Which amendment to the U.S. Constitution protects freedom of the press?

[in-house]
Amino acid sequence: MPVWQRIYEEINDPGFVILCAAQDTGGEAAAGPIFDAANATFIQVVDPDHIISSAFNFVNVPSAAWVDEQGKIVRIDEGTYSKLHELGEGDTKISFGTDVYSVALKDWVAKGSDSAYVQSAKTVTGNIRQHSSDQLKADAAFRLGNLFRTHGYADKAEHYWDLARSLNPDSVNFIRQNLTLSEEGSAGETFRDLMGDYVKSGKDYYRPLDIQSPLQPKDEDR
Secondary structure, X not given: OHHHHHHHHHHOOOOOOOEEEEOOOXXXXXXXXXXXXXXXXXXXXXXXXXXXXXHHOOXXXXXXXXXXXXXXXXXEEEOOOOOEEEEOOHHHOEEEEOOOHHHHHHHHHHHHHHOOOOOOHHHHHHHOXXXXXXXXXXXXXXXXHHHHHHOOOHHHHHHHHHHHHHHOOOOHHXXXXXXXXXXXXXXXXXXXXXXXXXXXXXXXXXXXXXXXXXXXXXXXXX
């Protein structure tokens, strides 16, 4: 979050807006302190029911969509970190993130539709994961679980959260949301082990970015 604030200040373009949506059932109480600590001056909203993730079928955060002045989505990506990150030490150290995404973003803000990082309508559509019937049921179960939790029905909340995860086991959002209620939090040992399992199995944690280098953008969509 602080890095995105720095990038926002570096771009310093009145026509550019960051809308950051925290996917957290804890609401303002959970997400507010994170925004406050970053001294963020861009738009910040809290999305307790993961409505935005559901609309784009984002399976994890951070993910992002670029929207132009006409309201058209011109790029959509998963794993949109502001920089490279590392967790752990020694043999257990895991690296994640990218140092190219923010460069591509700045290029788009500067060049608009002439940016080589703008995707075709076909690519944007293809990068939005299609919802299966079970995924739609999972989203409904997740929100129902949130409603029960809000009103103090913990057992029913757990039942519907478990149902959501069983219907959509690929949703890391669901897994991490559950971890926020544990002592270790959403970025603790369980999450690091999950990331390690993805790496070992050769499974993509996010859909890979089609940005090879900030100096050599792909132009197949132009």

1. Whic Show more Answer each of the questions to the best of your ability by highlighting the correct answer. 1. Which amendment to the U.S. Constitution protects freedom of the press? a. First Amendment b. Third Amendment c. Fourteenth Amendment d. Sixth Amendment 2. What is the name given to the laws that protect reporters in 31 states from revealing sources? a. Sunshine laws b. Privilege laws c. Shield laws d. Fair reporting laws 3. What federal law do reporters use to get access to federal records? a. Shield laws b. Open meetings laws c. Sedition laws d. Freedom of Information Act 4. What punishment do reporters face for fabricating a story? a. A contempt-of-court citation b. Being thrown in jail c. Getting fired d. No punishment as long as the reporter tells a good story 5. What libel defense is available to a reporter if a source allows the reporter to publish a libelous statement about the source? a. Truth b. Consent c. Privilege d. Actual malice 6. Which type of invasion of privacy occurs when a reporter runs a story photo cutline or headline that portrays someone inaccurately? a. Intrusion b. Public disclosure of private facts c. False light d. Appropriation 7. What is likely to happen when a reporter writes a story that includes military secrets copyrighted material stolen memos or names of juveniles convicted of committing crimes? a. Reporter wins a Pulitzer Prize. b. Reporter gets a Page 1 story and a big raise. c. Reporter gets promoted to editor. d. Reporters story gets spiked. 8. Passing off someone elses words or ideas as your own is known as: a. Deception b. Conflict of interest c. Fabrication d. Plagiarism 9. Which term refers to publishing restrictions imposed from outside the newsroom? a. Censorship b. Conforming to community values c. Meeting editing standards d. Self-censorship 10. In regard to invasion of privacy which term refers to something personal that people wouldnt ordinarily want revealed? a. Private b. Intimate c. Offensive d. Misrepresentation 11. Which term refers to profanities that editors often delete from stories to avoid offending readers? a. Vulgar language b. Offensive topics c. Reporting flaws d. Conflict of interest 12. In libel law people who exercise power or influence in governmental affairs (e.g. a police officer mayor or school superintendent) are: a. Ordinary folks b. Public figures c. Public officials d. Celebrities 13. What U.S Supreme Court case established that press releases and newsletters of public officials were not protected from libel suits? New York Times v. Sullivan b. AP v. Walker c. Curtis Publishing v. Butts d. Hutchinson v. Proxmire 14. 14. Deceiving or betraying the confidence of those who provide information for a story is known as: a. Deception b. Bias c. Theft d. Burning a source 15. Journalists rank 16th among 21 professions rated for their honesty and ethical standards. What profession is just behind journalists? a. Car mechanics b. Lawyers c. Insurance salespeople d. Real estate salespeople 16. What is the best defense for libel? a. Consent b. Privilege c. Actual malice d. Truth 17. What is the importance of freedom of information in American society? a. Its provided by the U.S. Constitution. b. It gives the public the right to know what government is doing. c. It has little importance compared to the need for security after Sept. 11 2001. d. It interferes with the right to privacy. 18. What allows journalists to report anything said in official governmental proceedings no matter how defamatory without being sued as long as the reporting is accurate and fair? a. Fair report privilege b. Opinion privilege c. Fair comment and criticism d. Shield laws 19. Which term refers to the unauthorized use of someones name photo or words to endorse or sell a product or service? a. Intrusion b. Public disclosure of private facts c. False light d. Appropriation 20. Who committed journalistic fraud and was fired for it in dozens of stories for The New York Times? a. Nellie Bly b. Armstrong Williams c. Janet Cooke d. Jayson Blair 21. What form of invasion of privacy involves a reporter gathering information unethically (e.g. through trespassing secret surveillance or misrepresentation) in a situation in which someone has a right to expect privacy? a. Intrusion b. Public disclosure of private facts c. False light d. Appropriation 22. What 1988 U.S. Supreme Court decision established the right of school administrators to censor high school publications? a. Tinker v. Des Moines School District b. Hazelwood School District v. Kuchmeier c. Curtis Publishing v. Butts d. Gertz v. Welch 23. If a reporter publishes the name of a confidential source after promising not to do so the reporter may be liable for: a. Contempt of court b. Sedition c. Breach of contract d. Lapse in ethics 24. What is a sunshine law? a. Same as a shield law b. An open-courtroom law c. An open-meeting law d. An open-record law 25. Journalists who accept gifts or favors are engaging in: a. Conflict of interest b. Theft c. Burning a source d. Deception Show less